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Receptor organ damage causes loss of cortical surround inhibition without topographic map plasticity

Abstract

Following restricted peripheral damage, reorganization of adult sensory or motor cortex is believed to depend on loss of surround inhibition, which unmasks latent inputs to the deprived cortex. Here I demonstrate that limited damage to auditory receptors causes loss of functional surround inhibition in the cortex, unmasking of latent inputs and significantly altered neural coding. However, these changes do not lead to plasticity of the cortical map, defined by the most sensitive input from the receptor surface to each cortical location. Thus, in sensory cortex, loss of surround inhibition as a consequence of receptor organ damage does not necessarily result in cortical map plasticity.

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Figure 1: Restricted cochlear hearing losses result in a near-absence of cortical surround inhibition, which alters neuronal response patterns shaped by inhibition.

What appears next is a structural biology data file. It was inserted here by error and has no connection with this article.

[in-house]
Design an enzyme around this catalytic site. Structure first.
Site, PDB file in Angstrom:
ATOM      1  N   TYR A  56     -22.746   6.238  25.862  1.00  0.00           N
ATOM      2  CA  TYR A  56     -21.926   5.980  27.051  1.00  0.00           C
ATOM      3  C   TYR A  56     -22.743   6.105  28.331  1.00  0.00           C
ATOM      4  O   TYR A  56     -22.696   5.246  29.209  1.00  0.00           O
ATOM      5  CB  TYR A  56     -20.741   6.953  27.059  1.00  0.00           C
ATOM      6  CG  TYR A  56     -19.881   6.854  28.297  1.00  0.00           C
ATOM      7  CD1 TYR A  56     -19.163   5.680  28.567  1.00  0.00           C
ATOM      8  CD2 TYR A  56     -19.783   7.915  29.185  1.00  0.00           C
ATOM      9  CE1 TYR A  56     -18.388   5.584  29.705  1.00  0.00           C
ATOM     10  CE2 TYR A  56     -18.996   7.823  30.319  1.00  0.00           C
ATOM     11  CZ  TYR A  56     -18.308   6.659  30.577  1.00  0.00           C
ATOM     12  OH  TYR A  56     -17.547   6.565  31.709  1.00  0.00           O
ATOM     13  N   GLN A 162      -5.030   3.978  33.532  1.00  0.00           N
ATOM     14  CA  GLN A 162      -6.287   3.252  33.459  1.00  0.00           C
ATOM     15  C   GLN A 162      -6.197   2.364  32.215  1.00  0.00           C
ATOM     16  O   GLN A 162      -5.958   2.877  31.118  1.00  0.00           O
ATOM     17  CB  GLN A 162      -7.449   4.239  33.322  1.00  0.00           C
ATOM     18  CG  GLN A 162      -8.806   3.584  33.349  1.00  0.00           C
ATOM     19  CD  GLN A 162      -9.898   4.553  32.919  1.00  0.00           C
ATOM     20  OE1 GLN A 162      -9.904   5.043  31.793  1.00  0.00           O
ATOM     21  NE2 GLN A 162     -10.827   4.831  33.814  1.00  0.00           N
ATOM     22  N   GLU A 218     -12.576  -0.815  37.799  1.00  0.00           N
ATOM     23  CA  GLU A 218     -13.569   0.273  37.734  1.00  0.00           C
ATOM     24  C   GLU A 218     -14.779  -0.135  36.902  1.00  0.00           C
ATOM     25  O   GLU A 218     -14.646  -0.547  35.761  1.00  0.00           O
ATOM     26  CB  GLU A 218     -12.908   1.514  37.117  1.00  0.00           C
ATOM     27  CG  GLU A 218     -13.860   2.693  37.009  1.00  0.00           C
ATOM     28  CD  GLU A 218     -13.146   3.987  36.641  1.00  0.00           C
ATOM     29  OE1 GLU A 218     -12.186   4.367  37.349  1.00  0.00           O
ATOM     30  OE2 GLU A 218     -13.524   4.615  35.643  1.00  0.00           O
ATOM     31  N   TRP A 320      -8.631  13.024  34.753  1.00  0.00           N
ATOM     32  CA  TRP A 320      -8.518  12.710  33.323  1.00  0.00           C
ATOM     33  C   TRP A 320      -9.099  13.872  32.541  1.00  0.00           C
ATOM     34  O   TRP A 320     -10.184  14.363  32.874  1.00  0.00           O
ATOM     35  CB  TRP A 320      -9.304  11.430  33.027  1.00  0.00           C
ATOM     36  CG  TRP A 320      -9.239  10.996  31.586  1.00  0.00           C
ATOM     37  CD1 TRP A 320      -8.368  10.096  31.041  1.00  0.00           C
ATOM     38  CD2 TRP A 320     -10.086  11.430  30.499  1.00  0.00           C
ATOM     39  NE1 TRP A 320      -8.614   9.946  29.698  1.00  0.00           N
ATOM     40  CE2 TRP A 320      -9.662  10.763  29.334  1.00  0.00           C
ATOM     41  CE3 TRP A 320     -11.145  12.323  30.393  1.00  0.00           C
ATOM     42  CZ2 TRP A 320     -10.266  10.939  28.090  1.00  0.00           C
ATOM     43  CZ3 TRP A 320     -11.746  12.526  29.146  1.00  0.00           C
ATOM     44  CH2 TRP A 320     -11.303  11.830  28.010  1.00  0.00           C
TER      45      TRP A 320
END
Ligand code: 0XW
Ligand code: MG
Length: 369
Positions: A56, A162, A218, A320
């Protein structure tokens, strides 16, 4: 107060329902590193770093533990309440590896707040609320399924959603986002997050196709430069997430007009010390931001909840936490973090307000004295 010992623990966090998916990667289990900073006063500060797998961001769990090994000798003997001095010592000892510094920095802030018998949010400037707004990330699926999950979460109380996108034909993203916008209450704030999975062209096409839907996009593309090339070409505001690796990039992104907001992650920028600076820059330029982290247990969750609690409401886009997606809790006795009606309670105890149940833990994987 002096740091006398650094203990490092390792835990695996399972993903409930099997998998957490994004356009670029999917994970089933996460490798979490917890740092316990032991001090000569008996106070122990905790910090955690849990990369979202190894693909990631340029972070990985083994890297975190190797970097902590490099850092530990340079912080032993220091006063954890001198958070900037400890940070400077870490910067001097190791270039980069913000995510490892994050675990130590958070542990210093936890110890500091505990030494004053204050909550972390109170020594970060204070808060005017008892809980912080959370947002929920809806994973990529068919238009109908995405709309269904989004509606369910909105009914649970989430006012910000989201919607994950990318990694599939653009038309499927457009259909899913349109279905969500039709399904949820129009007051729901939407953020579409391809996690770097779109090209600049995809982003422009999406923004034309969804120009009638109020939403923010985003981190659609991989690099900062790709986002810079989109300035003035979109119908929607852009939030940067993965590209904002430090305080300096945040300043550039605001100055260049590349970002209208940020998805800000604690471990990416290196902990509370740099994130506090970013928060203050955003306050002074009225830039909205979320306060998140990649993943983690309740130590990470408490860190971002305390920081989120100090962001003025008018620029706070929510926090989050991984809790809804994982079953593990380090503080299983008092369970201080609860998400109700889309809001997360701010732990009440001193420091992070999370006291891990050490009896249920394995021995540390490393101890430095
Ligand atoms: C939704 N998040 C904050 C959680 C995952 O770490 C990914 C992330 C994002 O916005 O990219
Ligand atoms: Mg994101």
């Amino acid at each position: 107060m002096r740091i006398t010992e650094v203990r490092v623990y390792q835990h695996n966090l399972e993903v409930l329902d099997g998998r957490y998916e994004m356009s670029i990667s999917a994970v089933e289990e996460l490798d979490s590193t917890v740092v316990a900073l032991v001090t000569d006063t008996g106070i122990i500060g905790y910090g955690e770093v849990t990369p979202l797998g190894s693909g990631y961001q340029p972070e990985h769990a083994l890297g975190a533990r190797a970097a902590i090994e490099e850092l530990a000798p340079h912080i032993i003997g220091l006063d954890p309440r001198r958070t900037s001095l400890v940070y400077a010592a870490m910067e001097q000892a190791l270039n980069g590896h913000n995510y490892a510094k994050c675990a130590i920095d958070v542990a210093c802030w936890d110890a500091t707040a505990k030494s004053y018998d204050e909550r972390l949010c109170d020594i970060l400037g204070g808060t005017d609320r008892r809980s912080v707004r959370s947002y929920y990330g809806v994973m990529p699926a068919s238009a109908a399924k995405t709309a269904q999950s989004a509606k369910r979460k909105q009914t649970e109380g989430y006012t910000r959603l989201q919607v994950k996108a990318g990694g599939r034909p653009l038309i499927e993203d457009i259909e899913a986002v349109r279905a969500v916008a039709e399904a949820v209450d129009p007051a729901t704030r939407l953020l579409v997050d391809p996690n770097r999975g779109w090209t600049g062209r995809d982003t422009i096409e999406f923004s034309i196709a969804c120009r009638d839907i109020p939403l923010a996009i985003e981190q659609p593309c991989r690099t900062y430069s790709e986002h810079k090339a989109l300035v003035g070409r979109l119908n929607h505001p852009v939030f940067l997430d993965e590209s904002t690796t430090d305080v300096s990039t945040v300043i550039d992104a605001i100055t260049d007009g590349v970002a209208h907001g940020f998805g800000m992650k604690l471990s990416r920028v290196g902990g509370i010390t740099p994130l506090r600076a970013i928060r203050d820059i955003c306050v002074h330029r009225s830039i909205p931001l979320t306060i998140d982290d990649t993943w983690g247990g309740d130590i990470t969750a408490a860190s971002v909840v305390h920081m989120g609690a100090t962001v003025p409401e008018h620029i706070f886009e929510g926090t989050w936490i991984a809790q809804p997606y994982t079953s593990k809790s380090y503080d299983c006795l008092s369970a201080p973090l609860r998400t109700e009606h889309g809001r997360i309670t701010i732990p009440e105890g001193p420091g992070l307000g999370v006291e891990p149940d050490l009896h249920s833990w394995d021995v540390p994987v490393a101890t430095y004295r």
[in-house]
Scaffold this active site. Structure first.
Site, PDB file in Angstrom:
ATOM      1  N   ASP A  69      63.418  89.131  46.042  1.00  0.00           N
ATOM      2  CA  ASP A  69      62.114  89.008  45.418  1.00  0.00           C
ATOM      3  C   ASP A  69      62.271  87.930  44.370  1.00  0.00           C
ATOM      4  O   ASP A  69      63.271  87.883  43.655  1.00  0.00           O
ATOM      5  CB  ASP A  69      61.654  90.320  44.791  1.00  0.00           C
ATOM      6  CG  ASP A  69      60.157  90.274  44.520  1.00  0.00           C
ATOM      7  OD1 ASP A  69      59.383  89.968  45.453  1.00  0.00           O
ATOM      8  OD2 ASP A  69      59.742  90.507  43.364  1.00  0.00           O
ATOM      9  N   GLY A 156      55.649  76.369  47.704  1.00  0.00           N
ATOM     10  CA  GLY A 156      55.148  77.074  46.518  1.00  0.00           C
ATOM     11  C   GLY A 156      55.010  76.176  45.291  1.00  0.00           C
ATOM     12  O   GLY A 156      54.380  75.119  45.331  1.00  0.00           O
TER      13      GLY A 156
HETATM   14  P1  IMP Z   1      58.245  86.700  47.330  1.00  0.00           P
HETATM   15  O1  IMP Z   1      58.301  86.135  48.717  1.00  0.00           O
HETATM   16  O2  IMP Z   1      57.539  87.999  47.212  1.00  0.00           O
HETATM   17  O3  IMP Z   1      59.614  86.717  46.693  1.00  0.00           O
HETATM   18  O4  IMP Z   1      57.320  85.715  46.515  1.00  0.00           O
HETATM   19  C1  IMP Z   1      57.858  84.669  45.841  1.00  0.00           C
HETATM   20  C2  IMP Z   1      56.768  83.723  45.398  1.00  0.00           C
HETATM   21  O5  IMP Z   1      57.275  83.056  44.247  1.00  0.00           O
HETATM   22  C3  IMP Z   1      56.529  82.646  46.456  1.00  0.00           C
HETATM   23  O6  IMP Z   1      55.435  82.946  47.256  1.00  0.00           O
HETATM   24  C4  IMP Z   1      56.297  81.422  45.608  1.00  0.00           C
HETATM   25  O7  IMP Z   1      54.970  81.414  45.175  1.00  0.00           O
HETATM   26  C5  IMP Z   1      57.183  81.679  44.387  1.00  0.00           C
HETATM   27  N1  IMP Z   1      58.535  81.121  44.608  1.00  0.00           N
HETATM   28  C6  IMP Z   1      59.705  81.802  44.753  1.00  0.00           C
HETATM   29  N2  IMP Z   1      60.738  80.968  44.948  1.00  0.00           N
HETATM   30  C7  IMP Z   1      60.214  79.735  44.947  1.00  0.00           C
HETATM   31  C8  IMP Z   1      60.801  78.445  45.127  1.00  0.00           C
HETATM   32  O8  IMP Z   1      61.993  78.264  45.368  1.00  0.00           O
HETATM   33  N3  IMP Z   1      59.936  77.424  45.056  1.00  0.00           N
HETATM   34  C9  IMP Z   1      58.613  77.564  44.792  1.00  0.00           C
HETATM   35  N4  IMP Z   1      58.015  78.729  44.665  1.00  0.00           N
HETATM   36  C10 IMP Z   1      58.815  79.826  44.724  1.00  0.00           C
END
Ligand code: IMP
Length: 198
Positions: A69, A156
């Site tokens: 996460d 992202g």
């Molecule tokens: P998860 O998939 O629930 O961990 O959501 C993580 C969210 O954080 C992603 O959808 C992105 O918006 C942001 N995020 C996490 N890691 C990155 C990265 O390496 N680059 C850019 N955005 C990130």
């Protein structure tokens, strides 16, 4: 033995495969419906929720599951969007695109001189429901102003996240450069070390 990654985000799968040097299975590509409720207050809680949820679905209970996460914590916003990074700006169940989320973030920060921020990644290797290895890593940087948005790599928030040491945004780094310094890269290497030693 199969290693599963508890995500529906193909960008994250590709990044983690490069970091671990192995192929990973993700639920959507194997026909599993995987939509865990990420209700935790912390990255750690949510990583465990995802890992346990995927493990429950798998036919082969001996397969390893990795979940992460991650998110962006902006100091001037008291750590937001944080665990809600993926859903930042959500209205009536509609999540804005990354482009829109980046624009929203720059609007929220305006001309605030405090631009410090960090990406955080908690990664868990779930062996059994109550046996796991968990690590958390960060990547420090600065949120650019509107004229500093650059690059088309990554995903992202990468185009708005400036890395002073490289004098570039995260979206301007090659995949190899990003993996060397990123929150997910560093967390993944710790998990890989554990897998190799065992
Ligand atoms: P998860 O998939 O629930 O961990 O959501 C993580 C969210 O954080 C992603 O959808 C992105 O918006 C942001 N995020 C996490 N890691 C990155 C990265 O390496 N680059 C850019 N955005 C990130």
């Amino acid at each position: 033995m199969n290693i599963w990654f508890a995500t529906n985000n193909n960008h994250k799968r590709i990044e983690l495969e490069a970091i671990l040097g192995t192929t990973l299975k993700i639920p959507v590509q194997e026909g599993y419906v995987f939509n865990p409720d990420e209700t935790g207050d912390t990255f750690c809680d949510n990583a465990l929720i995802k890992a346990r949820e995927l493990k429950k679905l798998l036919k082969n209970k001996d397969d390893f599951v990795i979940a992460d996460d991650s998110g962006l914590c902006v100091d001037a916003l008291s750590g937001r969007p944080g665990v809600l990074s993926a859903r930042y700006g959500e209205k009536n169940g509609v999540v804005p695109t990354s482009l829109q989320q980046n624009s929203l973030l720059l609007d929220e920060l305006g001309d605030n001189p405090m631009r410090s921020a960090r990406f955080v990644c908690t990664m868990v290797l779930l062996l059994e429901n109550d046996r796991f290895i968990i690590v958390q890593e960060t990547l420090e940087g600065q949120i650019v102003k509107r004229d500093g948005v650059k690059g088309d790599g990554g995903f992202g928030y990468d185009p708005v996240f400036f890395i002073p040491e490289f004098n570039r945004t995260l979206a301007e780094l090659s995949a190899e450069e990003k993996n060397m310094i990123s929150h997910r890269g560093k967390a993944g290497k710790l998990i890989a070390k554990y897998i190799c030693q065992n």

Figure 2: Loss of surround inhibition unmasks inputs.
Figure 3: Loss of surround inhibition does not alter cochleotopic CF maps in A1.

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Acknowledgements

This study was supported by grant No. 941006 from the National Health and Medical Research Council of Australia.

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Correspondence to R. Rajan.

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Rajan, R. Receptor organ damage causes loss of cortical surround inhibition without topographic map plasticity. Nat Neurosci 1, 138–143 (1998). https://doi.org/10.1038/388

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